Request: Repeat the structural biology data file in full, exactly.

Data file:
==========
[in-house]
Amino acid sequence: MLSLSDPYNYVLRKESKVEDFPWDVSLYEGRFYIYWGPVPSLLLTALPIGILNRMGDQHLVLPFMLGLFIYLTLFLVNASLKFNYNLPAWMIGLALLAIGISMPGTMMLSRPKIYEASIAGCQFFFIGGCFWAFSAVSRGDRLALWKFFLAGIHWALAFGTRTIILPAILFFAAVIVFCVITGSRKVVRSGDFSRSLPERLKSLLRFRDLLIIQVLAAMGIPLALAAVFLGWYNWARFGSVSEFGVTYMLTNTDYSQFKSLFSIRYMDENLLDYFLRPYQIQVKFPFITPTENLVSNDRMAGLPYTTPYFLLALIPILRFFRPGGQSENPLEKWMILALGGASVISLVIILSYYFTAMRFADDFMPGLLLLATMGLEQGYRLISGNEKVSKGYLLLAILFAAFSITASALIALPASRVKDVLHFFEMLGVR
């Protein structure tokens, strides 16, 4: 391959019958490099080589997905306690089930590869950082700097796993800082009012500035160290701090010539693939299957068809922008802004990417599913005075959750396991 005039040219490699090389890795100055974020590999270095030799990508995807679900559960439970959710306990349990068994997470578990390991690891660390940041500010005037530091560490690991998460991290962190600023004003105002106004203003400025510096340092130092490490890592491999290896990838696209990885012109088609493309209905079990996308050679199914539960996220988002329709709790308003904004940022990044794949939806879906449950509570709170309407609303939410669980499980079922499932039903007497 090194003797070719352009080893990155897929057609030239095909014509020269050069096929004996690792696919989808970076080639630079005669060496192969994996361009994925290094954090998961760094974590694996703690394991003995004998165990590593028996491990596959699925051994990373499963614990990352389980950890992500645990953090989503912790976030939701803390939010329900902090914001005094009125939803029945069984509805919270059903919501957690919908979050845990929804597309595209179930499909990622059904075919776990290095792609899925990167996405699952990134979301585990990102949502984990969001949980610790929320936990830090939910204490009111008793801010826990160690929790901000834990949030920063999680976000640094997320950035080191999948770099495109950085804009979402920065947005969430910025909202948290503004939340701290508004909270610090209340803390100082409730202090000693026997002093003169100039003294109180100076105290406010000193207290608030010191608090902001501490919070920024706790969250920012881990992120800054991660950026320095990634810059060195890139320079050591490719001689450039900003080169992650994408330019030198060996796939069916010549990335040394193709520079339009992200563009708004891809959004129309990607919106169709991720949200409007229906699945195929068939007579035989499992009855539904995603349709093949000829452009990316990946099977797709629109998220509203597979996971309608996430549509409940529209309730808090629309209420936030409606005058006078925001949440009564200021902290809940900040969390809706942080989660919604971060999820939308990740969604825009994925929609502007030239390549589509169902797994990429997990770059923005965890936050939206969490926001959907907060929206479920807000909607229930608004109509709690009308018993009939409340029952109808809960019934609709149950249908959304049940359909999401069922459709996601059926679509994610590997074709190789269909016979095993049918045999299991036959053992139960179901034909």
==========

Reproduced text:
[in-house]
Amino acid sequence: MLSLSDPYNYVLRKESKVEDFPWDVSLYEGRFYIYWGPVPSLLLTALPIGILNRMGDQHLVLPFMLGLFIYLTLFLVNASLKFNYNLPAWMIGLALLAIGISMPGTMMLSRPKIYEASIAGCQFFFIGGCFWAFSAVSRGDRLALWKFFLAGIHWALAFGTRTIILPAILFFAAVIVFCVITGSRKVVRSGDFSRSLPERLKSLLRFRDLLIIQVLAAMGIPLALAAVFLGWYNWARFGSVSEFGVTYMLTNTDYSQFKSLFSIRYMDENLLDYFLRPYQIQVKFPFITPTENLVSNDRMAGLPYTTPYFLLALIPILRFFRPGGQSENPLEKWMILALGGASVISLVIILSYYFTAMRFADDFMPGLLLLATMGLEQGYRLISGNEKVSKGYLLLAILFAAFSITASALIALPASRVKDVLHFFEMLGVR
């Protein structure tokens, strides 16, 4: 391959019958490099080589997905306690089930590869950082700097796993800082009012500035160290701090010539693939299957068809922008802004990417599913005075959750396991 005039040219490699090389890795100055974020590999270095030799990508995807679900559960439970959710306990349990068994997470578990390991690891660390940041500010005037530091560490690991998460991290962190600023004003105002106004203003400025510096340092130092490490890592491999290896990838696209990885012109088609493309209905079990996308050679199914539960996220988002329709709790308003904004940022990044794949939806879906449950509570709170309407609303939410669980499980079922499932039903007497 090194003797070719352009080893990155897929057609030239095909014509020269050069096929004996690792696919989808970076080639630079005669060496192969994996361009994925290094954090998961760094974590694996703690394991003995004998165990590593028996491990596959699925051994990373499963614990990352389980950890992500645990953090989503912790976030939701803390939010329900902090914001005094009125939803029945069984509805919270059903919501957690919908979050845990929804597309595209179930499909990622059904075919776990290095792609899925990167996405699952990134979301585990990102949502984990969001949980610790929320936990830090939910204490009111008793801010826990160690929790901000834990949030920063999680976000640094997320950035080191999948770099495109950085804009979402920065947005969430910025909202948290503004939340701290508004909270610090209340803390100082409730202090000693026997002093003169100039003294109180100076105290406010000193207290608030010191608090902001501490919070920024706790969250920012881990992120800054991660950026320095990634810059060195890139320079050591490719001689450039900003080169992650994408330019030198060996796939069916010549990335040394193709520079339009992200563009708004891809959004129309990607919106169709991720949200409007229906699945195929068939007579035989499992009855539904995603349709093949000829452009990316990946099977797709629109998220509203597979996971309608996430549509409940529209309730808090629309209420936030409606005058006078925001949440009564200021902290809940900040969390809706942080989660919604971060999820939308990740969604825009994925929609502007030239390549589509169902797994990429997990770059923005965890936050939206969490926001959907907060929206479920807000909607229930608004109509709690009308018993009939409340029952109808809960019934609709149950249908959304049940359909999401069922459709996601059926679509994610590997074709190789269909016979095993049918045999299991036959053992139960179901034909």